The clip above is OK, but it's pretty mild compared to some of the stuff that goes on. To watch Bobby Slayton race-baiting Paul Mooney, or Penn Gillette, Martin Mull and Tommy Smothers trade filthy shaggy dog jokes...it's just one of the greatest things I've ever seen. The audience is mostly comedians as well (they seem to have filmed all the episodes back-to-back), and it all feels loose and...to say it's politically incorrect would be an understatement (my favorite one-liner from Mooney: "Some people grow their own weed. [Woody Allen] was growing his own pussy."). In one of my favorite bits, Tommy Smothers starts giving Penn Gillette shit about going on Glenn Beck's show, and Tommy is actually coming off as a bit of an asshole, but he's so fucking funny that he ends up coming out on top!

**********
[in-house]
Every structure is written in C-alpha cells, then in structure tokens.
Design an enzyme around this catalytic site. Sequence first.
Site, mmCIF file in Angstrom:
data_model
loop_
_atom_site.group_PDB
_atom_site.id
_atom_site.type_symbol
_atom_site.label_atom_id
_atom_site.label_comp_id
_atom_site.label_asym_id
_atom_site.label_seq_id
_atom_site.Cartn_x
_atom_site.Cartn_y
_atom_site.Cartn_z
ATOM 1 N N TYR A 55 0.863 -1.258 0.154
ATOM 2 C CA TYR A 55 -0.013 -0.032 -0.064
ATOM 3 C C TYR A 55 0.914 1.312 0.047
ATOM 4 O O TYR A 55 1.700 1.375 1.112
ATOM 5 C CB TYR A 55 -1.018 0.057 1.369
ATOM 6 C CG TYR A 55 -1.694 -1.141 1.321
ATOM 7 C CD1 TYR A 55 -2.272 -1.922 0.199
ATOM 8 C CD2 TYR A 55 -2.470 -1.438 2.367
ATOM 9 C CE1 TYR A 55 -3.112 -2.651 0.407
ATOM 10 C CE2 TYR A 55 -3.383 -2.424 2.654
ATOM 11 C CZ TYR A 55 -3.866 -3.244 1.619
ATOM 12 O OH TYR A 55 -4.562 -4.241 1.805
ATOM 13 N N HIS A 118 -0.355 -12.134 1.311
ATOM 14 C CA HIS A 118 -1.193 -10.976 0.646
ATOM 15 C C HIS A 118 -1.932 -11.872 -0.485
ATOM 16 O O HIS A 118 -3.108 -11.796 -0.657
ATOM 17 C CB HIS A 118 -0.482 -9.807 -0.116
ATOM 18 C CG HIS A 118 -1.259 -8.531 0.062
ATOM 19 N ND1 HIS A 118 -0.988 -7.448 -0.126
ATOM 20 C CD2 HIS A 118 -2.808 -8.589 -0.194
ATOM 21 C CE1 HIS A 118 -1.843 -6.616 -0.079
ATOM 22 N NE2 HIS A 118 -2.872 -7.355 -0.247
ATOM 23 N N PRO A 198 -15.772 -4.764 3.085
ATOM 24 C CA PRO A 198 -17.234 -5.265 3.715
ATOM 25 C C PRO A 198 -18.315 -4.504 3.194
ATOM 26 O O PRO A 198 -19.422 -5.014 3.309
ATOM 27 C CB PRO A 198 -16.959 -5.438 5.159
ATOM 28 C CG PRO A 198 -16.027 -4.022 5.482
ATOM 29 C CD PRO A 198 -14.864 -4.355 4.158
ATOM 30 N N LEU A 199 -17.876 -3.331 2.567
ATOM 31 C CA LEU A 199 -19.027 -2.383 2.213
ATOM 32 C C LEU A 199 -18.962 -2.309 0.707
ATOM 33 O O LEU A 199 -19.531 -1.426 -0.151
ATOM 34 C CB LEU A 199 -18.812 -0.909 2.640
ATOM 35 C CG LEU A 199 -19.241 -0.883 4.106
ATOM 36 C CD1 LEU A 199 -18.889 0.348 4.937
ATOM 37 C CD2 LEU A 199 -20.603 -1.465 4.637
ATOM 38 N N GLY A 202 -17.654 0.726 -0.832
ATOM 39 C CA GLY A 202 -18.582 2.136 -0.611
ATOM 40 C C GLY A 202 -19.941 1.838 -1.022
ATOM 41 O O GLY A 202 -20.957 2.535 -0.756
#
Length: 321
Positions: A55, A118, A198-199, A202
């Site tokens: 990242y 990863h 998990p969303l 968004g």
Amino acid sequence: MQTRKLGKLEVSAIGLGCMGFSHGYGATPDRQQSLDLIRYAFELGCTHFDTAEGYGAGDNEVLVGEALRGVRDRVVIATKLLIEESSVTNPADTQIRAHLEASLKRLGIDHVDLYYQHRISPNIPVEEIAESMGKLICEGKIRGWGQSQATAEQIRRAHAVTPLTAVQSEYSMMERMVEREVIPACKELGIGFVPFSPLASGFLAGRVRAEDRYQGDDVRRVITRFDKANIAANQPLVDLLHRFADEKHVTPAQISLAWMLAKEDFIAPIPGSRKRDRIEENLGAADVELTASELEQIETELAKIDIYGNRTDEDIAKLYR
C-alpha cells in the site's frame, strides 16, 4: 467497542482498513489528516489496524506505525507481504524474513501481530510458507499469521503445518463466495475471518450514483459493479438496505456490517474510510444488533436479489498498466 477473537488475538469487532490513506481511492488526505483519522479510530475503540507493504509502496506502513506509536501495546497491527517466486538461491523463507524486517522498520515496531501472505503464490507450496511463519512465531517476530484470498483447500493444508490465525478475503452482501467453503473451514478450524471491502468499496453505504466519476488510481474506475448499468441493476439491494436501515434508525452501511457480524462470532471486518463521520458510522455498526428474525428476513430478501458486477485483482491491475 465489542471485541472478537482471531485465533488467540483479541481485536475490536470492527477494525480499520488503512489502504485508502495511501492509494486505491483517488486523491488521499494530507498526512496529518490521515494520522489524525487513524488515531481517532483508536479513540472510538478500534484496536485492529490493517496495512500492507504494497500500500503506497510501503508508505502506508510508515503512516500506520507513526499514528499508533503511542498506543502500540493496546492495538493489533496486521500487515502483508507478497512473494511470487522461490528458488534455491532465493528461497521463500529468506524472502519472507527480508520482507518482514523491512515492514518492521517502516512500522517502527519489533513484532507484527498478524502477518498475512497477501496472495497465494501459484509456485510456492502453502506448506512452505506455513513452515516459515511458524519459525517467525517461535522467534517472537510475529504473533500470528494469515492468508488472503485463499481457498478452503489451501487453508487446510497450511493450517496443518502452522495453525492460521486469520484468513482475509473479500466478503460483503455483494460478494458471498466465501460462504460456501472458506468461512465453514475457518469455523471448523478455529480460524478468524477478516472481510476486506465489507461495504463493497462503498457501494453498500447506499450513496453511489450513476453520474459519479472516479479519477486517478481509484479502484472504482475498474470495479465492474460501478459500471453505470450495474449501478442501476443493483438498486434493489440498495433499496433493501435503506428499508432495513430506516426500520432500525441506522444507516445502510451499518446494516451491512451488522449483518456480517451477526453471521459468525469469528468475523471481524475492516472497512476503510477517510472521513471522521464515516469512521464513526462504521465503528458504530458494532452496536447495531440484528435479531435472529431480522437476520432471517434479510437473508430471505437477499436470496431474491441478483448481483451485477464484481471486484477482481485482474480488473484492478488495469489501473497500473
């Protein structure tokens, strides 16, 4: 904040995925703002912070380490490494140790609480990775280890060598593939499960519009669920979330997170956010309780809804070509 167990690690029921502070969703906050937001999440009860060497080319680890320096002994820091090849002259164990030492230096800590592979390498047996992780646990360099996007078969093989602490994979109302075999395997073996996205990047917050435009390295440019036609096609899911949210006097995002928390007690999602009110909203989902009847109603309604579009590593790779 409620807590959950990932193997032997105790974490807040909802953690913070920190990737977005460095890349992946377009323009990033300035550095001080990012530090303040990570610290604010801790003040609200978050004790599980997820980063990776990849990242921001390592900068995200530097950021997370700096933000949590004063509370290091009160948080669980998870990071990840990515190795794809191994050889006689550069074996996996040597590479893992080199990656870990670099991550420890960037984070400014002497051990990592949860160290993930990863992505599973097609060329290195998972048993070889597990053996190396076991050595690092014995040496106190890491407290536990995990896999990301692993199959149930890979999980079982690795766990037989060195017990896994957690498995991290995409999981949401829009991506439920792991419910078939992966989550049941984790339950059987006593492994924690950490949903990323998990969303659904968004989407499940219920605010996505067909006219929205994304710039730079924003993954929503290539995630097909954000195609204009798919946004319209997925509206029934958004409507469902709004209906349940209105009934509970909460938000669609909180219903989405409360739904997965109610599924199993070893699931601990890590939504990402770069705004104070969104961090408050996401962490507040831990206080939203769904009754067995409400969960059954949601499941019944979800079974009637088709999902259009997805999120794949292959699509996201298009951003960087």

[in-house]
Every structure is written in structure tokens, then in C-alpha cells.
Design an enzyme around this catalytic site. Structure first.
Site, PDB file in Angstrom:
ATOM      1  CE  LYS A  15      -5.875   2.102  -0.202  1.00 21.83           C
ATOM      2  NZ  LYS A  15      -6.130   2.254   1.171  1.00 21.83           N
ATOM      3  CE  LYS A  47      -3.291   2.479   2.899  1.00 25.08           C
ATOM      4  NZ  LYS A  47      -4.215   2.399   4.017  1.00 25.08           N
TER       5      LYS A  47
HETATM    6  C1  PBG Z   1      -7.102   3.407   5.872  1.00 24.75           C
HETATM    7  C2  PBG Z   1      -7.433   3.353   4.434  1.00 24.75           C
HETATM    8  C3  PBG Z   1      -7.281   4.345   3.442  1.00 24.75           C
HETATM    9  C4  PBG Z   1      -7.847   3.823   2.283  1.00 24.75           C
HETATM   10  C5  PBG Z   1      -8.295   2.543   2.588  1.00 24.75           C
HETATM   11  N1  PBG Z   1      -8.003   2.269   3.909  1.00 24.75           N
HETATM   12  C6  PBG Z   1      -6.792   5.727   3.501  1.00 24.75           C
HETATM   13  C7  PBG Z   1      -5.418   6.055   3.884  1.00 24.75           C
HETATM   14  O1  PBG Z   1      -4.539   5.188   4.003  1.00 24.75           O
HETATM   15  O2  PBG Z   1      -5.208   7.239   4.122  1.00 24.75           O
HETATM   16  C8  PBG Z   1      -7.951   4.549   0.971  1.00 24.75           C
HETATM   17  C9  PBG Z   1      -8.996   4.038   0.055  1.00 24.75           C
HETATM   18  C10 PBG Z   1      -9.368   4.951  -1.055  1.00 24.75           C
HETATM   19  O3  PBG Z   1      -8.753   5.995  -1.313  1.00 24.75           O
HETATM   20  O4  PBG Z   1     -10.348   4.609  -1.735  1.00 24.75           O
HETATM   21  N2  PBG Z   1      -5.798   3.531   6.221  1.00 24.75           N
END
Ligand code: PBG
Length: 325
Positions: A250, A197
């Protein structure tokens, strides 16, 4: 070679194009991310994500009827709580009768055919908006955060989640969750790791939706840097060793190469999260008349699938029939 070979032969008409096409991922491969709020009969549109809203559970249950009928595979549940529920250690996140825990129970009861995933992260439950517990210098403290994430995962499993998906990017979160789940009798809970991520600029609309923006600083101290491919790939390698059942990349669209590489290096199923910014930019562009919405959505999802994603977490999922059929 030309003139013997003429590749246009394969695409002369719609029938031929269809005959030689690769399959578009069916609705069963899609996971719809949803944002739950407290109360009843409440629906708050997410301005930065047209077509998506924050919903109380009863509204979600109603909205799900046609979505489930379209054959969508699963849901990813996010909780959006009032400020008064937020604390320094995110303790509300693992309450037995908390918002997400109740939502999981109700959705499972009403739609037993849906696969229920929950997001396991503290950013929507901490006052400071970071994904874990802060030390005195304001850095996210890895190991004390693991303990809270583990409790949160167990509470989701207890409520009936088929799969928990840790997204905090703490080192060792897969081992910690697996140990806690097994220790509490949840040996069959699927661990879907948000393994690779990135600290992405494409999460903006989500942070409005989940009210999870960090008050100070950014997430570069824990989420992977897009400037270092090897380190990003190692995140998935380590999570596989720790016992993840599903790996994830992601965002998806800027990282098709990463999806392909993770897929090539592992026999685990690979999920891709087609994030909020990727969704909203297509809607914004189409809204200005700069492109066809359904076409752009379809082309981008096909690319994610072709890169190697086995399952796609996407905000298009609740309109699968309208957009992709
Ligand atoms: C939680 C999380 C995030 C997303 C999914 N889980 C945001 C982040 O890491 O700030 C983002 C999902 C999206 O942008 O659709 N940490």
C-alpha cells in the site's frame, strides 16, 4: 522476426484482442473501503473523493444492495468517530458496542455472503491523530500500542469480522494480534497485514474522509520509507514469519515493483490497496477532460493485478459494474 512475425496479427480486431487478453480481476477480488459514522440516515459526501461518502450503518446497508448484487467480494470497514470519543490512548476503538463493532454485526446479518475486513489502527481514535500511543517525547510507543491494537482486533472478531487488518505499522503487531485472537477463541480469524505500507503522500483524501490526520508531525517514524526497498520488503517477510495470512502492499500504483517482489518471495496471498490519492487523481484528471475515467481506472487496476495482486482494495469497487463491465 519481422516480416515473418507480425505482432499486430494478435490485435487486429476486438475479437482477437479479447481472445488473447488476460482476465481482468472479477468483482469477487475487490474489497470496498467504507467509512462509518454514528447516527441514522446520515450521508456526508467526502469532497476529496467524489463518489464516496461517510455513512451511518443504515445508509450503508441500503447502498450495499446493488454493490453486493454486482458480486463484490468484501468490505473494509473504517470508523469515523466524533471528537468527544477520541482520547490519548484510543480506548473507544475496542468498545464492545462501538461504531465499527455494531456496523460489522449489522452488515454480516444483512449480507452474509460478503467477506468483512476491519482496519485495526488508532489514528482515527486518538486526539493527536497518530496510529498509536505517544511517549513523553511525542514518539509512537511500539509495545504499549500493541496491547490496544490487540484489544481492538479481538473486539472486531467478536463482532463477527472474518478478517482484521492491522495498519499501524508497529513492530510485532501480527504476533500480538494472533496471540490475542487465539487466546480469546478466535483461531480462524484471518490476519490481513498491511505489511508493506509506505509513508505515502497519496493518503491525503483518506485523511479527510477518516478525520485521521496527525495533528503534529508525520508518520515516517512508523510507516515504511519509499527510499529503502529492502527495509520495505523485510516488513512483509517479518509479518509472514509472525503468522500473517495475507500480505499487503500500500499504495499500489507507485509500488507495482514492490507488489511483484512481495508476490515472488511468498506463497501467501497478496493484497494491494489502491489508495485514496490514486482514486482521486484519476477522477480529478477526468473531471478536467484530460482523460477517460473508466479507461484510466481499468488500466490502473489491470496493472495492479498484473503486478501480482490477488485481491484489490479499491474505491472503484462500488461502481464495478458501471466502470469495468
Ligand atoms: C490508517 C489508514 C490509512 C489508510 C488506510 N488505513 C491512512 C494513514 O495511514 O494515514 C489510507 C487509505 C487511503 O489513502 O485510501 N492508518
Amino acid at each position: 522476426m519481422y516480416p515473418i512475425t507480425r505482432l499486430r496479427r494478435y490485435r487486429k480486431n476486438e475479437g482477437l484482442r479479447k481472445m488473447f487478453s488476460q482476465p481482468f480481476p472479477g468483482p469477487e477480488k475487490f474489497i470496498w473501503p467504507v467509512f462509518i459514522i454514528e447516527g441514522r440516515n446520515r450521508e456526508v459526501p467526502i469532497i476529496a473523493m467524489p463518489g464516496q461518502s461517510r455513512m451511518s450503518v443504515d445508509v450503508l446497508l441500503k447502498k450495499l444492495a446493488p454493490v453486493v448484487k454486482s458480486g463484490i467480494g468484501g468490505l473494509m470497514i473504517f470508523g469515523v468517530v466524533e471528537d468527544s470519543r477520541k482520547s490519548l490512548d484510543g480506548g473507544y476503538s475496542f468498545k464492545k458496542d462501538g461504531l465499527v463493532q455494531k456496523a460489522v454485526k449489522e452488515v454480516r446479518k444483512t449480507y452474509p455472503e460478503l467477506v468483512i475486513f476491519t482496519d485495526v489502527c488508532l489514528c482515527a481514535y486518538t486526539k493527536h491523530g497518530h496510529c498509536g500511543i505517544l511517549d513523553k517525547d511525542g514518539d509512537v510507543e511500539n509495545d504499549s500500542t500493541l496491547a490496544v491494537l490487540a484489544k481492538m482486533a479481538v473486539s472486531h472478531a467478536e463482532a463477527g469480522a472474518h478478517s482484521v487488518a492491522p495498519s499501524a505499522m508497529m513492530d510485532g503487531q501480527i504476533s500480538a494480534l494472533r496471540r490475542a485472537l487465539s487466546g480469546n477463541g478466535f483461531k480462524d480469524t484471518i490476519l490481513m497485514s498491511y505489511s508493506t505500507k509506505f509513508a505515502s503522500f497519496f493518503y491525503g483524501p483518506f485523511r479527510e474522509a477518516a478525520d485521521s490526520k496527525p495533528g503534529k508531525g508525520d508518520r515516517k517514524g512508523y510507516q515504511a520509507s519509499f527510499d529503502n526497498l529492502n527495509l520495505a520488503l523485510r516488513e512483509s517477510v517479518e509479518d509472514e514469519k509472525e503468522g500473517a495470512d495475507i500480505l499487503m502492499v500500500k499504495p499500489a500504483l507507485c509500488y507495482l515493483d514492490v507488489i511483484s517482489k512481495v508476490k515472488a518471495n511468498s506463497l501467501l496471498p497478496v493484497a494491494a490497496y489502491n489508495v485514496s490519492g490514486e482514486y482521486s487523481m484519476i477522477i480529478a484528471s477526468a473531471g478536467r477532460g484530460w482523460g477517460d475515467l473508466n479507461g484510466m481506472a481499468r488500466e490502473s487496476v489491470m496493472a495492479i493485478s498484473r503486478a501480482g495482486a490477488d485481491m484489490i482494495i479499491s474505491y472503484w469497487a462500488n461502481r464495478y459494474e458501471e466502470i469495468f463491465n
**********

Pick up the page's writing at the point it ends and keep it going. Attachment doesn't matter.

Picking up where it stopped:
Monday, July 05, 2010

Palm Springs Weekend!!!

Feeling relaxed and refreshed after a weekend relaxing in Palm Springs. On the way out there, we made a stop at The Wheel Inn in Cabazon to see the dinosaurs that were in Pee Wee's Big Adventure. I've been talking about taking a roudtrip to Cabazon since we moved out here, but never got around to actually doing it. I wasn't even thinking about it on this trip, but when I started seeing signs for Cabazon, I started going "OOOH! OOH! LET'S GO SEE THE DINOSAURS!" So here we were.

The weird thing is that if you go into the belly of the brontosaurus, there's a gift shop that doubles as a creationist museum.

This is pretty disorienting. Whenever you see a dinosaur exhibit, you're used to there being a bunch of signs explaining how evolution works. It strikes you funny when all the signs are explaining what bullshit evolution is. But how can you argue with evidence like this?: